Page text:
It says that riskier assets are overpriced with sub-par returns. In a nutshell, you’re accepting higher volatility for less reward. It also means that safer assets will get you superior returns considering the lower level of risk assumed.
You’re borrowing against your portfolio and investing heavier in low-risk securities. When you increase your leverage in the minimum variance portfolio, your potential earnings can increase without the use of risky assets.
The Sharpe Ratio: A Risk Management Tool
Measuring Return and Risk
It makes sense to start from a risk-based approach. Past performance doesn’t guarantee future results. However, financial analysts still wanted to make sense of it all. Sharpe ratio is a way to combine an investment’s risk and return into one statistic.
We already know that the standard deviation is a way to measure portfolio volatility. Then William Sharpe discovered a calculation that accounts for both risk and return, aptly named The Sharpe Ratio.
He’s also a Nobel Prize recipient for his work in the creation of the capital asset pricing model (CAPM) which says there are two types of risk:
- Systematic (Market) risk can’t be diversified away (e.g., the day-to-day gyrations of stock prices due to interest rates, inflation, etc.)
- Unsystematic (Specific) risk consists of factors unique to a particular company and can be diversified away (e.g., a company’s CEO is charged with doctoring the books and goes out of business, natural disasters, labor strikes, etc.)
Takeaway: Market risk can’t be removed through diversification and is the type of risk investors are rewarded for.
The Sharpe Ratio in action looks like this:
Risk ⁄ Return
For example, if you have an investment with an expected return of .10 and a standard deviation of .30, you’d have this:
.10/.30 = .33
Now imagine there’s a second investment with the same expected return of 10%, but a standard deviation of .50:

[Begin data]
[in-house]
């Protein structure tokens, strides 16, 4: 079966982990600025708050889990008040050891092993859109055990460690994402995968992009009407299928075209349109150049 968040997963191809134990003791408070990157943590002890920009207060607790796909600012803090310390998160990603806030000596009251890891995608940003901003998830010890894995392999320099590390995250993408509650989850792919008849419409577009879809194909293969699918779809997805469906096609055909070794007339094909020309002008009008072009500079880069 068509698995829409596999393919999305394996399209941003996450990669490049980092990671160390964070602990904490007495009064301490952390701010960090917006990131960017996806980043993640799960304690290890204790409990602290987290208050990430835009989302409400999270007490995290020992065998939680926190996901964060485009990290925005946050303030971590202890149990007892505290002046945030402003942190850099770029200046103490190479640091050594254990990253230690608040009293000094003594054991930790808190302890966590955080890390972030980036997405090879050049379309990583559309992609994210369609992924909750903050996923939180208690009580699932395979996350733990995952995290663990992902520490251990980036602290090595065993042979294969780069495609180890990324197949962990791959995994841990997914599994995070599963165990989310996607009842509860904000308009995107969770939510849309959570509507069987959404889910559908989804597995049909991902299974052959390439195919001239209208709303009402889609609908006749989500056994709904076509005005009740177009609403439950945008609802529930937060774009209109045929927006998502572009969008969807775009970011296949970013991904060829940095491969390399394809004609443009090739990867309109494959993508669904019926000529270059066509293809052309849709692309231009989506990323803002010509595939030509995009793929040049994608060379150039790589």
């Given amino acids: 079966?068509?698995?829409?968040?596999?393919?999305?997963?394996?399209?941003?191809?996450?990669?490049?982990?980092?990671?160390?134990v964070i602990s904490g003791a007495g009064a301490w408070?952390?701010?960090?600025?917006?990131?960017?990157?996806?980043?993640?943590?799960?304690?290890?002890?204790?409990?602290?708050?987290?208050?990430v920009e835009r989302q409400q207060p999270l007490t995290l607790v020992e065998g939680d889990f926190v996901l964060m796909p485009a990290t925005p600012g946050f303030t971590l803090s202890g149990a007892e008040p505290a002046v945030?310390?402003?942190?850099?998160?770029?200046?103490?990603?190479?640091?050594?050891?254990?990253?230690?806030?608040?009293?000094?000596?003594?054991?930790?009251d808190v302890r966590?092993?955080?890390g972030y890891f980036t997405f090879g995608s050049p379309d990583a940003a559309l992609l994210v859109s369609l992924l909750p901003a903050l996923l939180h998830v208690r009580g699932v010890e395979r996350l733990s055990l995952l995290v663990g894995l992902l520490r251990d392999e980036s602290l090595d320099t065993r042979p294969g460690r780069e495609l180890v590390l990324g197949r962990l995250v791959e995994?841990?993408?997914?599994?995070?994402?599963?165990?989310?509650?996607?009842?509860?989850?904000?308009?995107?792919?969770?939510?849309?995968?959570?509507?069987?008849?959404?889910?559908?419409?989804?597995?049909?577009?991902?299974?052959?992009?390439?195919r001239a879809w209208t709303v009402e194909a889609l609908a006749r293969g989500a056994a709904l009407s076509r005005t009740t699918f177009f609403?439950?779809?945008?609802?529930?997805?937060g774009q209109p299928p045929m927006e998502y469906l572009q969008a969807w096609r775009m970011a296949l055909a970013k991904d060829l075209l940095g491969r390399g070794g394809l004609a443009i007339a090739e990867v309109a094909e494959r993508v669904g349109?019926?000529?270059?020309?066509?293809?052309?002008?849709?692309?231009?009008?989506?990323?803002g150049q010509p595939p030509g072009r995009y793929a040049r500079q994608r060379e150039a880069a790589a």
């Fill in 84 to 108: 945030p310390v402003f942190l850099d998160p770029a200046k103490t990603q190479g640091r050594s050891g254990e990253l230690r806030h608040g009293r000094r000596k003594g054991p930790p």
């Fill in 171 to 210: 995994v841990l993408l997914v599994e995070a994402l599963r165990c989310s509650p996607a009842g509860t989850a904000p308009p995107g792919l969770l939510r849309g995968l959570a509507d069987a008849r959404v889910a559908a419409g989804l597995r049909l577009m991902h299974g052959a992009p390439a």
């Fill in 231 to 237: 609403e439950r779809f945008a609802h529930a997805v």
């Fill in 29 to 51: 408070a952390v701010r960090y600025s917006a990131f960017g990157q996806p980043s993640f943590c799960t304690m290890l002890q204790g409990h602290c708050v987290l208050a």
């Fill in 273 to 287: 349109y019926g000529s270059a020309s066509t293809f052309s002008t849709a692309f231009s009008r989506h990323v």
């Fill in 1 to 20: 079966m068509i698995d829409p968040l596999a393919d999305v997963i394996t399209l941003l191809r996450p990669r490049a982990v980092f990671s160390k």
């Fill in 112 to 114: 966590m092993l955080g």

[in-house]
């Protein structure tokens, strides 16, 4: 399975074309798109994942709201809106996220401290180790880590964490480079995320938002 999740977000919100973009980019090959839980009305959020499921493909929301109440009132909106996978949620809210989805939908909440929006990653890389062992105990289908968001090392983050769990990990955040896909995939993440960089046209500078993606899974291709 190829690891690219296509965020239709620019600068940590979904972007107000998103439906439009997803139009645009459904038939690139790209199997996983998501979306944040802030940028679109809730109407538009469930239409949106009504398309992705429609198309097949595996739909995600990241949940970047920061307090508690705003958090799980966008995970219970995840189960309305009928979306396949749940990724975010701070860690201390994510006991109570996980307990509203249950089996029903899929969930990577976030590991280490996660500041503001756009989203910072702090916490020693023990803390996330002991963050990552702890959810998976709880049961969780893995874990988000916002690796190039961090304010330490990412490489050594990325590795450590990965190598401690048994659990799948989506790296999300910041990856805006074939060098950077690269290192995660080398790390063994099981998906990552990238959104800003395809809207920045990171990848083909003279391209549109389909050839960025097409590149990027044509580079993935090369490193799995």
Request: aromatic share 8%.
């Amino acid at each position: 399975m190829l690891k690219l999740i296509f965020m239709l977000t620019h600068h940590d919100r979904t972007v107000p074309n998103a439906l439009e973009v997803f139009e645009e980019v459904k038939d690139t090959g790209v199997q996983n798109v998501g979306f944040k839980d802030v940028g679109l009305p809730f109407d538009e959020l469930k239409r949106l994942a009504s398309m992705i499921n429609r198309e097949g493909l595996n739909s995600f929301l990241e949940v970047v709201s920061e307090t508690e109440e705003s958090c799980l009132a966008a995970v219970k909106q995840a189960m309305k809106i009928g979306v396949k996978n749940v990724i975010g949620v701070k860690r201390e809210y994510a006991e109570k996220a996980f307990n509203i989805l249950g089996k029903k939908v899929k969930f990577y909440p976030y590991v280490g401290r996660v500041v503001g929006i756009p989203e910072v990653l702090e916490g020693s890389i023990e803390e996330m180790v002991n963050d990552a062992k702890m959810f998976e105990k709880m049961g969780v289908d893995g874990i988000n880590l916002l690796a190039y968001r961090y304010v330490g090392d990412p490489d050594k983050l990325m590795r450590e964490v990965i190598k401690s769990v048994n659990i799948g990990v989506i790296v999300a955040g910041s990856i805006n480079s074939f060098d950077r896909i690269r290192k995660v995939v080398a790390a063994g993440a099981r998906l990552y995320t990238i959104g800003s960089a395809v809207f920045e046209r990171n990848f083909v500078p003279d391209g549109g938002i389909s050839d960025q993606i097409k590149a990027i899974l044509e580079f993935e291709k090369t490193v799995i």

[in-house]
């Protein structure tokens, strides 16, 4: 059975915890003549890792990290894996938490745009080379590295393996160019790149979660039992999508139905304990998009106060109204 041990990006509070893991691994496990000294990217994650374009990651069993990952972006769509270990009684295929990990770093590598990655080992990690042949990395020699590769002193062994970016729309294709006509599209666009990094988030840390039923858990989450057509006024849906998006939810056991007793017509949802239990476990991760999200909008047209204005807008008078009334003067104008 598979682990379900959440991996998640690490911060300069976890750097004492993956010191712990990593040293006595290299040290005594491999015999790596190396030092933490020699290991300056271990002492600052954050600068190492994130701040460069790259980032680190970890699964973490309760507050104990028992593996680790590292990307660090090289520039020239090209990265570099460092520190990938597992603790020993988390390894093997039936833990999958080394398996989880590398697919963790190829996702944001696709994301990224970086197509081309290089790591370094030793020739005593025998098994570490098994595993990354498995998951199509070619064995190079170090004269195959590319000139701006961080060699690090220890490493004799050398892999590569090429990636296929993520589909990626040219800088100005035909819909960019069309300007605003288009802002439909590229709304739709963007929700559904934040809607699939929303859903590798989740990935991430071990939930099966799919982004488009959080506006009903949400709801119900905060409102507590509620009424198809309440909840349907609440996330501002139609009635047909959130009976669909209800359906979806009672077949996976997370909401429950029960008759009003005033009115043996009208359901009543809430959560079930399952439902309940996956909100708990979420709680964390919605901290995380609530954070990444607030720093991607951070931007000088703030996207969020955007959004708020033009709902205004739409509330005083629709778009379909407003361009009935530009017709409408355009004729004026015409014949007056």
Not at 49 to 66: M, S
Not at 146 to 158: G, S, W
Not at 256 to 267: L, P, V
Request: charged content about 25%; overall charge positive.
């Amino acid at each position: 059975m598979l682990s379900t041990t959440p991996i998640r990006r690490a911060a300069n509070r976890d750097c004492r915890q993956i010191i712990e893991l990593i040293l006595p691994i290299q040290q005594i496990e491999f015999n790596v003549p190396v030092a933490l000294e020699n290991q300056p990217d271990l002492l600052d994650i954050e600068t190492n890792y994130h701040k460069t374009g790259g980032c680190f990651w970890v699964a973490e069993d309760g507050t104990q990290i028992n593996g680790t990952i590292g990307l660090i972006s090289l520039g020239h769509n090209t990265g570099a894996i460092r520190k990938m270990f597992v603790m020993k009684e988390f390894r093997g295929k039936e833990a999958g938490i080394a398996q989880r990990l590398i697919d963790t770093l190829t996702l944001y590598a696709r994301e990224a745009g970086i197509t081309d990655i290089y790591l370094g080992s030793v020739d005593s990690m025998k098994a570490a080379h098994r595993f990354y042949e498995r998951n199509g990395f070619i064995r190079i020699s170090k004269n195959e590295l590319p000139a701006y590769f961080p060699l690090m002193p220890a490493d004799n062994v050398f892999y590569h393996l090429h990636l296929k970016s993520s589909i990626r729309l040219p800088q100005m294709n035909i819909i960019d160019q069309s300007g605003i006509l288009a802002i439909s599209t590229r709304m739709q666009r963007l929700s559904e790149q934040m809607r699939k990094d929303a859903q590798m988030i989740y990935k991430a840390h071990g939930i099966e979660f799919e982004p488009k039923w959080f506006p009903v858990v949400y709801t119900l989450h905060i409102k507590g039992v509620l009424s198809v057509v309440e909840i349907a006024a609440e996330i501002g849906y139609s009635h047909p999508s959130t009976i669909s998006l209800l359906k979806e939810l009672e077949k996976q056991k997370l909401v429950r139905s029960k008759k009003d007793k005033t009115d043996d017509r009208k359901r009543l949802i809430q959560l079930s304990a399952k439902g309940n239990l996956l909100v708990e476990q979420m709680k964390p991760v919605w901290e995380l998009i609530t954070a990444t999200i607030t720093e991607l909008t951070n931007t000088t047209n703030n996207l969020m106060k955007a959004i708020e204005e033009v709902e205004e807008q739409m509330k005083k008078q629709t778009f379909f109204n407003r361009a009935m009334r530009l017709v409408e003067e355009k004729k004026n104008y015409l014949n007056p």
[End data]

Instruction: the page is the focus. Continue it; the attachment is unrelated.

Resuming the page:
.10/.50 = .20
The investment with the higher Sharpe Ratio wins because you’re getting the same return for less risk. The fact that Sharpe Ratio is absolute and not relative to a benchmark makes it really special. It tells you how much risk you’re shouldering for the return. To reduce the amount of risk associated with a reward, investments with higher Sharpe Ratios come really handy.
Minimum Variance Portfolio: Conclusion
Portfolio optimization gets complicated fast. While minimum variance portfolios are important, your asset allocation is what matters most. Constructing your portfolio with a few low-cost index funds (or ETFs) and embracing a buy and hold strategy will lead you to long-term wealth with fewer headaches. A lower risk investment portfolio thanks to diversification and low (or non) correlated securities, this is the essence of minimum variance.
Investors chasing higher returns through advanced strategies with little understanding usually run into trouble. Keep it simple. Invest within the basic asset classes that you know (stocks, bonds, cash etc.). You’ll still have your minimum variance portfolio, just a simpler one. And the simpler solution is always best. But if you’re ready to jump into the deep end of the pool, go for it! If done right, it can potentially enhance your returns.